South Australia has launched phase three of its Tesla home battery-based virtual power plant, extending the scheme to another 3,000 public housing properties and kicking off a “world-first” deal to procure a Big Battery’s worth of grid support services.
Energy minister Dan van Holst Pellekaan said on Friday that the latest $60.6 million expansion of the Tesla VPP would take the scheme to 4,100 Housing SA properties across the state, and on track to reach the ultimate goal of 50,000 South Australian homes, both public and private.
For the Housing SA tenants, the scheme installs a 5kW rooftop solar and 13.5kWh Tesla Powerwall 2 battery system at no cost, and provides the household with a flat-rate electricity tariff priced 22% lower than the Default Market Offer, whether from the battery or the grid. It will be retailed through Energy Locals.
For the state, Phase 3 of the SA VPP will bring together roughly 20MW of rooftop solar energy and 54MWh of combined battery storage to act as a single “power plant,” that can send excess solar to the grid and offer voltage and frequency support, as well as synthetic inertia.
“In a world-first, home batteries will provide the grid stability services that South Australia has lacked since the closure of the Northern Power Station, to address the legacy of instability that we inherited,” said van Holst Pellekaan.
“This will deliver at a household level what we are also delivering through the 50% expansion of the big battery at Hornsdale Battery to address these legacy issues.”
This function comes at a critical time, as South Australia and the Australian Energy Market Operator struggle to address the increasingly urgent problem of integrating the state’s word-leading rooftop solar capacity.
As RenewEconomy has reported, South Australia is on track to become the first gigawatt-scale grid in the world where the growing amount of rooftop solar effectively eliminates grid demand – which sounds like a good thing, but has been a major cause for concern for AEMO.
The scramble to head off potential negative impacts from a solar-soaked grid has led to a number of proposed quick-fixes and market reforms, some of them – such as the proposal to charge solar households for exports to the grid – controversial.
On the less drastic and more consumer-inclusive front, the establishment of solar and battery-based virtual power plants is expected to play a key role in helping to manage the state’s huge solar resource in a way that can benefit all parties.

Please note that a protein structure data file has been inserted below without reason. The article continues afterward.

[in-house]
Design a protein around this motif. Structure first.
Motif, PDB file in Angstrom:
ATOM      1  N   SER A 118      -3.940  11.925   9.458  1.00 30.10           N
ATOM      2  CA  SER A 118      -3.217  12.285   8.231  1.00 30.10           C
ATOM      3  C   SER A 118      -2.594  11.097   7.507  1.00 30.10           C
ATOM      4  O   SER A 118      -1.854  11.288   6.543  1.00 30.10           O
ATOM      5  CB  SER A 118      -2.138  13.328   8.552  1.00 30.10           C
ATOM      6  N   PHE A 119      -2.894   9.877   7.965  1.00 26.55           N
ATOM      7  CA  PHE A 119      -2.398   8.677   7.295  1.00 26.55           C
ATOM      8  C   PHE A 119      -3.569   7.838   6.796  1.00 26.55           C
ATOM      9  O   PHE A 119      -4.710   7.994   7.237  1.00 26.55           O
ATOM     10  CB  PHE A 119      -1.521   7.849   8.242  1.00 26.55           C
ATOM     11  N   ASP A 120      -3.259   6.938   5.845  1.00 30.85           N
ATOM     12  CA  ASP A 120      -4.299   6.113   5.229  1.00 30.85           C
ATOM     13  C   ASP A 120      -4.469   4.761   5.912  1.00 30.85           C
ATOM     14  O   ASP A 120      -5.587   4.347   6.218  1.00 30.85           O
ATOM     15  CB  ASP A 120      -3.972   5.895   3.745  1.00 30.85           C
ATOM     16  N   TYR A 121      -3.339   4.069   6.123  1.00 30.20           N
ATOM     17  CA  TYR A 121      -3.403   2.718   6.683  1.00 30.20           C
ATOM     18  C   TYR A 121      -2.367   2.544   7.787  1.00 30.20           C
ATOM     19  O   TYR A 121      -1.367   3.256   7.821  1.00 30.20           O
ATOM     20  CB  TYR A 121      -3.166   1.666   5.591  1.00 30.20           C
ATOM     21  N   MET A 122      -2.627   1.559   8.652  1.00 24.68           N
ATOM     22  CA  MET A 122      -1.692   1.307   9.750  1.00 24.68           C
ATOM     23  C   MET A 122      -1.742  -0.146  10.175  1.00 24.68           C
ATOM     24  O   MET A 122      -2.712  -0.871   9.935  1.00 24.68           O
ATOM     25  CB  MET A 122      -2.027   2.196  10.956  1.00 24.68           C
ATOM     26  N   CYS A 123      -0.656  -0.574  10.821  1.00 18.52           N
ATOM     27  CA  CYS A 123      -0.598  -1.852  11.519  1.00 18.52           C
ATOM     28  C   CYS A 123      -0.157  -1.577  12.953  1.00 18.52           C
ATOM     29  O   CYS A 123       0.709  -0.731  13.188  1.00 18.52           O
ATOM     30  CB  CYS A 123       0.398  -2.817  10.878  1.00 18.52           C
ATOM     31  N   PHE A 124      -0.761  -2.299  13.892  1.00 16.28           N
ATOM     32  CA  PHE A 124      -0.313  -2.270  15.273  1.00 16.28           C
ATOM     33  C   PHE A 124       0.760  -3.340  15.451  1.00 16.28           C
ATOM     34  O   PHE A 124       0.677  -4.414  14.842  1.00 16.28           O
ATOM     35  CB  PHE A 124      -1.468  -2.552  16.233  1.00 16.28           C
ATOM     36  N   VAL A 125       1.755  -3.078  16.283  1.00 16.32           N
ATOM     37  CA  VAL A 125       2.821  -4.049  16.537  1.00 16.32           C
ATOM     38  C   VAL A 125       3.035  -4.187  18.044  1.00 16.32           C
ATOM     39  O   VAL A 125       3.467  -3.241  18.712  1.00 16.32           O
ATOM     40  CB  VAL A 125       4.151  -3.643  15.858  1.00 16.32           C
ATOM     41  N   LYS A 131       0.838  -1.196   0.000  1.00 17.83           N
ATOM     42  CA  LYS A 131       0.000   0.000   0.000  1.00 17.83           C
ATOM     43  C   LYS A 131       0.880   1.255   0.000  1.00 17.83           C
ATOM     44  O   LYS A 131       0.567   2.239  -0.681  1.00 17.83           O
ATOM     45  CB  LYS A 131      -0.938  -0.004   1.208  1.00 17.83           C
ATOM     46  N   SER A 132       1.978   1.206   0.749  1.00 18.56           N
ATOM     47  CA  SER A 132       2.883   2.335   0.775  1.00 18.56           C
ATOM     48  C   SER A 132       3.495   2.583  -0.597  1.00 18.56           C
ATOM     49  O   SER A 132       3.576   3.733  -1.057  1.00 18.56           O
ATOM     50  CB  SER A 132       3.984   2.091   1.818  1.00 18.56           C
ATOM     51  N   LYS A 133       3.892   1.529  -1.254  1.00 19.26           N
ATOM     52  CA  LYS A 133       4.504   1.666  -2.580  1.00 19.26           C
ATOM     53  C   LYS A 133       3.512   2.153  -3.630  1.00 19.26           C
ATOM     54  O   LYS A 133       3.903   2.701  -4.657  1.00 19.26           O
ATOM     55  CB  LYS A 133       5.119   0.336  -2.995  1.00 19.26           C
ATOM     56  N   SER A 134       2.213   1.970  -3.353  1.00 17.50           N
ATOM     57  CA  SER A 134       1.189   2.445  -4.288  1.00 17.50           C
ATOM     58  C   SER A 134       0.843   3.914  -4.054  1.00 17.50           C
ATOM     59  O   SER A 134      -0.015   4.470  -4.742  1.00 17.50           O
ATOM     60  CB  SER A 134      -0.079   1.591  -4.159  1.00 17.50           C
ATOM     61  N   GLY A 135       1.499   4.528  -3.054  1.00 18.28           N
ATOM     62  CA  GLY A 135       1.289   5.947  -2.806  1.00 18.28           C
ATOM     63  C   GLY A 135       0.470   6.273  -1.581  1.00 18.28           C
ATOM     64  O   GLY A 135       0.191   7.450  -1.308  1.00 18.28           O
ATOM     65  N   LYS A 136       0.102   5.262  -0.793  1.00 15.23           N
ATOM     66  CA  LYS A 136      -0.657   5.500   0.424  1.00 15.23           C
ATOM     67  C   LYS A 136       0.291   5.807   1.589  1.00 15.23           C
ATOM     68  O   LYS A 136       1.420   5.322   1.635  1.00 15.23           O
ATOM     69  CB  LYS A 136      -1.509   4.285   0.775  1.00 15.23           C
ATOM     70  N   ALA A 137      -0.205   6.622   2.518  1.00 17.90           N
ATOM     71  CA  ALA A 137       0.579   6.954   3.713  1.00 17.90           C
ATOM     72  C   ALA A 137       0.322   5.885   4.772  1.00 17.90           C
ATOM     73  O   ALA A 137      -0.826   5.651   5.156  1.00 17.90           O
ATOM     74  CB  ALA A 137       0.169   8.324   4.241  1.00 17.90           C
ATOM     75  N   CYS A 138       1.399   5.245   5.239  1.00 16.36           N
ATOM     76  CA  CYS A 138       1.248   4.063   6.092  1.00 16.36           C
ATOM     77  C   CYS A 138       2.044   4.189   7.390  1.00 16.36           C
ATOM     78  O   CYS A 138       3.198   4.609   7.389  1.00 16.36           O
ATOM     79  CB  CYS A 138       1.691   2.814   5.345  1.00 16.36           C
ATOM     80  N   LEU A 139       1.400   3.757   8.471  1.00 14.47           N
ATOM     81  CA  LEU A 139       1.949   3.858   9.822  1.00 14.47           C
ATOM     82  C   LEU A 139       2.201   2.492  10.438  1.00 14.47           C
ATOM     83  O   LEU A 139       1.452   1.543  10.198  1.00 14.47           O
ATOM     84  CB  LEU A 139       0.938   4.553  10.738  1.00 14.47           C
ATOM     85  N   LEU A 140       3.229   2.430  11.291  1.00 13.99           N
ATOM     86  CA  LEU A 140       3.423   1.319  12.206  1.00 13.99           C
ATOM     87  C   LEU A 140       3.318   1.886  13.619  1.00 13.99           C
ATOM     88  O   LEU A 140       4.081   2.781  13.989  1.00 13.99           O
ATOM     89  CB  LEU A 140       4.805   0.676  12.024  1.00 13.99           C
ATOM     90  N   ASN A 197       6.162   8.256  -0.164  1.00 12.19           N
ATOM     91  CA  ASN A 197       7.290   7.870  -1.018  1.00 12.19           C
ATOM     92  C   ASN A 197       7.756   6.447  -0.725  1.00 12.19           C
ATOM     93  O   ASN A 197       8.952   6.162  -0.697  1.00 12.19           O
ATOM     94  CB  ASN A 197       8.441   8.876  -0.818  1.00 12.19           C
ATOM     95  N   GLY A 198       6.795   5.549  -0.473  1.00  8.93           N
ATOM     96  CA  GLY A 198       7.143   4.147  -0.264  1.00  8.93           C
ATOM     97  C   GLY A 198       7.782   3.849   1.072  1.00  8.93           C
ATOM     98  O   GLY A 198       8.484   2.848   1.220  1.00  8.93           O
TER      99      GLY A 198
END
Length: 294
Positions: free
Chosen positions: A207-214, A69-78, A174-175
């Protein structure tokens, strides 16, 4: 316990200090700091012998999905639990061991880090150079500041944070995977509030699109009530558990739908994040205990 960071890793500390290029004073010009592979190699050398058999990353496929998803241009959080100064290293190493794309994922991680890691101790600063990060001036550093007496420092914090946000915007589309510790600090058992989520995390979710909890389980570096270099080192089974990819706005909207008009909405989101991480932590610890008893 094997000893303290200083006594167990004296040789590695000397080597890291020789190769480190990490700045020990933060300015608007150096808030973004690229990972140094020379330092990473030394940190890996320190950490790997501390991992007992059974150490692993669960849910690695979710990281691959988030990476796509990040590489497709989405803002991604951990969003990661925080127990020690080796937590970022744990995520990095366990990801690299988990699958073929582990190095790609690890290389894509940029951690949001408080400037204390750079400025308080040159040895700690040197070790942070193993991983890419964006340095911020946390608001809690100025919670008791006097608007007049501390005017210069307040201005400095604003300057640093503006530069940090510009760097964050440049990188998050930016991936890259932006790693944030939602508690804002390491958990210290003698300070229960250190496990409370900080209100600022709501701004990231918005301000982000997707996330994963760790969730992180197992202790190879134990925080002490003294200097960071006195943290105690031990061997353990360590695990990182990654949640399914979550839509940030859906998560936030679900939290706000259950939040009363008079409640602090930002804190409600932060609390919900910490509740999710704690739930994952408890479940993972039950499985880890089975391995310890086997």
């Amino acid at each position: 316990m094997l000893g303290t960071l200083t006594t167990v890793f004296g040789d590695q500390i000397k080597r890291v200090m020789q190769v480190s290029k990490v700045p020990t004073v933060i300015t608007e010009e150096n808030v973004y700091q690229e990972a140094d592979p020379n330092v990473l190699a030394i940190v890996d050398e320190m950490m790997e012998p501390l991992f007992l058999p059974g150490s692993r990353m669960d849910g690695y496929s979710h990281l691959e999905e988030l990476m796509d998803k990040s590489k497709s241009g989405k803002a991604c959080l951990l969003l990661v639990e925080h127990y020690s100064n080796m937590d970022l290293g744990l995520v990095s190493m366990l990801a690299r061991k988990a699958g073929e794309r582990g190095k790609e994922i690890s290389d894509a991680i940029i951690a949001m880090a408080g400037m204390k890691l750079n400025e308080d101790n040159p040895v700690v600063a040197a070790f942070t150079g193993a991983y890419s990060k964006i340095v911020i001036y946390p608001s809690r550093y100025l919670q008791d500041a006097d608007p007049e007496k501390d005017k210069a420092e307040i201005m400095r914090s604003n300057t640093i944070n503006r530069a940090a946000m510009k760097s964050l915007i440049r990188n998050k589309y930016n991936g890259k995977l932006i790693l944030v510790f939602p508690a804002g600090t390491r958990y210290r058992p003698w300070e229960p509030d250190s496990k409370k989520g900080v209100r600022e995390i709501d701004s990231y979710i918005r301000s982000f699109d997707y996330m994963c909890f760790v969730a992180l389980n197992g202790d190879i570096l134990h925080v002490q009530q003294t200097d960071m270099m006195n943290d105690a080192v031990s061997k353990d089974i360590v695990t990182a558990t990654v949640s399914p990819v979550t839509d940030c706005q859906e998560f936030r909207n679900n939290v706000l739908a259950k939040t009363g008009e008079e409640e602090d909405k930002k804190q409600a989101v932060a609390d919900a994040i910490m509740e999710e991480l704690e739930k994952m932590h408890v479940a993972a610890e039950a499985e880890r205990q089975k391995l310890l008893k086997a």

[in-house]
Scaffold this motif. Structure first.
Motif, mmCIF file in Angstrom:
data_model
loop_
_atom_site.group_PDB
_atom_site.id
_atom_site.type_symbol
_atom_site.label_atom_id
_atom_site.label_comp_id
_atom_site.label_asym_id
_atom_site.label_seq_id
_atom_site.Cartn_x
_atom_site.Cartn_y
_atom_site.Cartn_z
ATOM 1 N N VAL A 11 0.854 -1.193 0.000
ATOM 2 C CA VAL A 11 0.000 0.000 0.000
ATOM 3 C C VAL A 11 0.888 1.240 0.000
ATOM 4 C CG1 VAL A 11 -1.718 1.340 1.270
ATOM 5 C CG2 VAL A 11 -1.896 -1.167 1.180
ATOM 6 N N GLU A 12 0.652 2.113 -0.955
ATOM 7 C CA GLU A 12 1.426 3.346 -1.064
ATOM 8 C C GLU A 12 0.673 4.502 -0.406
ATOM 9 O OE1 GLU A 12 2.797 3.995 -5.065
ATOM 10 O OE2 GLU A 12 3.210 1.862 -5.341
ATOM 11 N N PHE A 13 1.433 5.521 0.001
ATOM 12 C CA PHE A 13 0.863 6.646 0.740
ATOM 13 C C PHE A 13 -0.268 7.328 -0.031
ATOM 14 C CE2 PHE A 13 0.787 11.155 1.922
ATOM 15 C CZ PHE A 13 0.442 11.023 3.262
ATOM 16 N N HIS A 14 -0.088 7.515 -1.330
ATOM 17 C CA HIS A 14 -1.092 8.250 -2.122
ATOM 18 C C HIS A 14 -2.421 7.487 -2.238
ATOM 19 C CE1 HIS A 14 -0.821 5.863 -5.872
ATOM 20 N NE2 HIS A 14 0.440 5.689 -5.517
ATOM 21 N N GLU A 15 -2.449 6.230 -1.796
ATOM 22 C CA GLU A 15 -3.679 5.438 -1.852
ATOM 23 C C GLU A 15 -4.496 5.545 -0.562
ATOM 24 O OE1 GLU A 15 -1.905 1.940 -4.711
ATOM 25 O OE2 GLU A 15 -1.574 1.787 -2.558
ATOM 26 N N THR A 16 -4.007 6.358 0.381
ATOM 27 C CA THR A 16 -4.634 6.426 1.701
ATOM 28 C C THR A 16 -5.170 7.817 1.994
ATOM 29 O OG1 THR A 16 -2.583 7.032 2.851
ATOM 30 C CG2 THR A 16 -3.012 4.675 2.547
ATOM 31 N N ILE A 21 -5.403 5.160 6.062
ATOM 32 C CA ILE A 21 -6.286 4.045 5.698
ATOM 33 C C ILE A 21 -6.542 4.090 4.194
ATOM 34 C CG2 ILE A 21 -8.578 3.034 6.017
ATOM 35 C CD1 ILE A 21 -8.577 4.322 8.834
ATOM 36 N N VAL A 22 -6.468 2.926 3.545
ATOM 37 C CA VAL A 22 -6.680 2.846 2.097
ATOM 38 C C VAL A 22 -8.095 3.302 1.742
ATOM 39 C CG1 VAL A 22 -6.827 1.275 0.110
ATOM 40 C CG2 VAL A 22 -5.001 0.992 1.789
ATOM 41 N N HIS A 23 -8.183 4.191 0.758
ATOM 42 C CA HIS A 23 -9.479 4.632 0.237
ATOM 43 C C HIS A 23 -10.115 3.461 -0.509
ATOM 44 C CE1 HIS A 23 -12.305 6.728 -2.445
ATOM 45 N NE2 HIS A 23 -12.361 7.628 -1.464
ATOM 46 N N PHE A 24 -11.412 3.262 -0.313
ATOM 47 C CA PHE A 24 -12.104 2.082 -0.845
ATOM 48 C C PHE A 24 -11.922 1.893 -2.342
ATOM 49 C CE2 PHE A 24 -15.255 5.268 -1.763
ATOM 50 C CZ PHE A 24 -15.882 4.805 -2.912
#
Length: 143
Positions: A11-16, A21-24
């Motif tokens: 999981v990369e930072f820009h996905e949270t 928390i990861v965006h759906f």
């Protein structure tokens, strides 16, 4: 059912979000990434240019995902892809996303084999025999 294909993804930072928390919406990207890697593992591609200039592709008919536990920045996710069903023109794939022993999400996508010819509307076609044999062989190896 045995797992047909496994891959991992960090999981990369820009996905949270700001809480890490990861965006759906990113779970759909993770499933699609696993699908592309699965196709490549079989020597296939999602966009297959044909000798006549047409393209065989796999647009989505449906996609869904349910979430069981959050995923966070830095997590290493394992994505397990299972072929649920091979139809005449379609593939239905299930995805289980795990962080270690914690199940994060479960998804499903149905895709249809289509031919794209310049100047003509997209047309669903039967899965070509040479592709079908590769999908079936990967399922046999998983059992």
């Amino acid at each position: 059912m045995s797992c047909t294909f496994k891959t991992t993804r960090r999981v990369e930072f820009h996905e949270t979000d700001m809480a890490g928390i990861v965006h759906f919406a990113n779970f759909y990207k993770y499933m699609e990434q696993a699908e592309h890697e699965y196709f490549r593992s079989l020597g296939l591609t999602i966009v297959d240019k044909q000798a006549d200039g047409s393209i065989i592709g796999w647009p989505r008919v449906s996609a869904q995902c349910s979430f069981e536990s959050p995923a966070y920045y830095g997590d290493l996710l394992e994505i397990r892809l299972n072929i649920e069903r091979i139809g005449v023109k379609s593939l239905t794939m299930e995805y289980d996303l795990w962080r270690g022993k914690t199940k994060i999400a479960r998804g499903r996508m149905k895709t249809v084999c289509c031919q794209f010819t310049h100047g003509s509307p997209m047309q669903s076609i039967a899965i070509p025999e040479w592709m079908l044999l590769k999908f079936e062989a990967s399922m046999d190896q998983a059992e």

“Having rooftop PV and household batteries linked through a Virtual Power Plant creates the equivalent of a grid-scale battery in our suburbs and towns, which will complement the four other grid-scale batteries already operating in South Australia,” van Holst Pellekaan added.
“Tesla’s vision is to grow this VPP to include 50,000 homes across South Australia and has already started adding private households in addition to the Housing SA tenants participating in the project.”
In its own statement, Tesla said the SA VPP was the first virtual power plant in Australia to help stabilise frequency levels in the grid and, as of August 2020, was one of only two in Australia to do this.
For its part, Tesla is contributing $18 million to the expansion, alongside $10 from the state government, an $8.2 million grant from the Australian Renewable Energy Agency (ARENA) and a $30 million loan from the Clean Energy Finance Corporation (CEFC).
CEFC CEO Ian Learmonth – perhaps grateful for the well-timed opportunity to demonstrate the mandated purpose of the green bank – said the CEFC was proud to be investing in Australia’s largest VPP.
“We expect to see decentralised battery fleet systems become an increasingly important feature of the grid of the future, drawing on fast ramping services, voltage management and synthetic inertia.”
Learmonth also took the opportunity to note the program’s benefits for households who would not otherwise be able to access solar or battery storage.
“Tenants are often locked out of the clean energy market because they are unable to install rooftop solar systems on rental properties,” he said.
“The SA VPP is delivering an innovative clean energy solution to Housing SA tenants, drawing on proven and cost-effective technologies.”